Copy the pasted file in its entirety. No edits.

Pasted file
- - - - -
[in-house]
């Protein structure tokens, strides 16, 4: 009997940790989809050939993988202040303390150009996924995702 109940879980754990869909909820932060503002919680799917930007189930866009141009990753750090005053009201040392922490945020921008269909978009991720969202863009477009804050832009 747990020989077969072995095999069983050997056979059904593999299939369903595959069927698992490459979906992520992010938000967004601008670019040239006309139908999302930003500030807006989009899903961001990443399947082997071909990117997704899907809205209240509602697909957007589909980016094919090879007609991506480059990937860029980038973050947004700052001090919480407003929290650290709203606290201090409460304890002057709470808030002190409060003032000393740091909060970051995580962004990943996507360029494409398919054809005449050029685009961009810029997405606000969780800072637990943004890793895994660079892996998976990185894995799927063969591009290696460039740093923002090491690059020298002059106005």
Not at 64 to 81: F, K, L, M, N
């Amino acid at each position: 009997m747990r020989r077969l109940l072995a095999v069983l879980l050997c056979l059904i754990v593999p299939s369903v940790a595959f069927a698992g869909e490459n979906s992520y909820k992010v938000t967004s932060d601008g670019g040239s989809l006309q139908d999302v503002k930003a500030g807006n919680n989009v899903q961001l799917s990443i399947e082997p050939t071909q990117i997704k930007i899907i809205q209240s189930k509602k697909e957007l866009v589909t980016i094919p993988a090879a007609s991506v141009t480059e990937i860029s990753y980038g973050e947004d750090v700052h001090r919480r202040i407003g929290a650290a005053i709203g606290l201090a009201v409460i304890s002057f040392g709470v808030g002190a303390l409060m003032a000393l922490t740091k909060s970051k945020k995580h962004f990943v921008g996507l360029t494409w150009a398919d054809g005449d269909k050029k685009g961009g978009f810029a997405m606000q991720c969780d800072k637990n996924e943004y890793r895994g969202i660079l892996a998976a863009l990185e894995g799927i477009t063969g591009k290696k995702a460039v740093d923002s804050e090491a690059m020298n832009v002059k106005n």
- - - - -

[in-house]
């Protein structure tokens, strides 16, 4: 009997940790989809050939993988202040303390150009996924995702 109940879980754990869909909820932060503002919680799917930007189930866009141009990753750090005053009201040392922490945020921008269909978009991720969202863009477009804050832009 747990020989077969072995095999069983050997056979059904593999299939369903595959069927698992490459979906992520992010938000967004601008670019040239006309139908999302930003500030807006989009899903961001990443399947082997071909990117997704899907809205209240509602697909957007589909980016094919090879007609991506480059990937860029980038973050947004700052001090919480407003929290650290709203606290201090409460304890002057709470808030002190409060003032000393740091909060970051995580962004990943996507360029494409398919054809005449050029685009961009810029997405606000969780800072637990943004890793895994660079892996998976990185894995799927063969591009290696460039740093923002090491690059020298002059106005």
Not at 64 to 81: F, K, L, M, N
């Amino acid at each position: 009997m747990r020989r077969l109940l072995a095999v069983l879980l050997c056979l059904i754990v593999p299939s369903v940790a595959f069927a698992g869909e490459n979906s992520y909820k992010v938000t967004s932060d601008g670019g040239s989809l006309q139908d999302v503002k930003a500030g807006n919680n989009v899903q961001l799917s990443i399947e082997p050939t071909q990117i997704k930007i899907i809205q209240s189930k509602k697909e957007l866009v589909t980016i094919p993988a090879a007609s991506v141009t480059e990937i860029s990753y980038g973050e947004d750090v700052h001090r919480r202040i407003g929290a650290a005053i709203g606290l201090a009201v409460i304890s002057f040392g709470v808030g002190a303390l409060m003032a000393l922490t740091k909060s970051k945020k995580h962004f990943v921008g996507l360029t494409w150009a398919d054809g005449d269909k050029k685009g961009g978009f810029a997405m606000q991720c969780d800072k637990n996924e943004y890793r895994g969202i660079l892996a998976a863009l990185e894995g799927i477009t063969g591009k290696k995702a460039v740093d923002s804050e090491a690059m020298n832009v002059k106005n």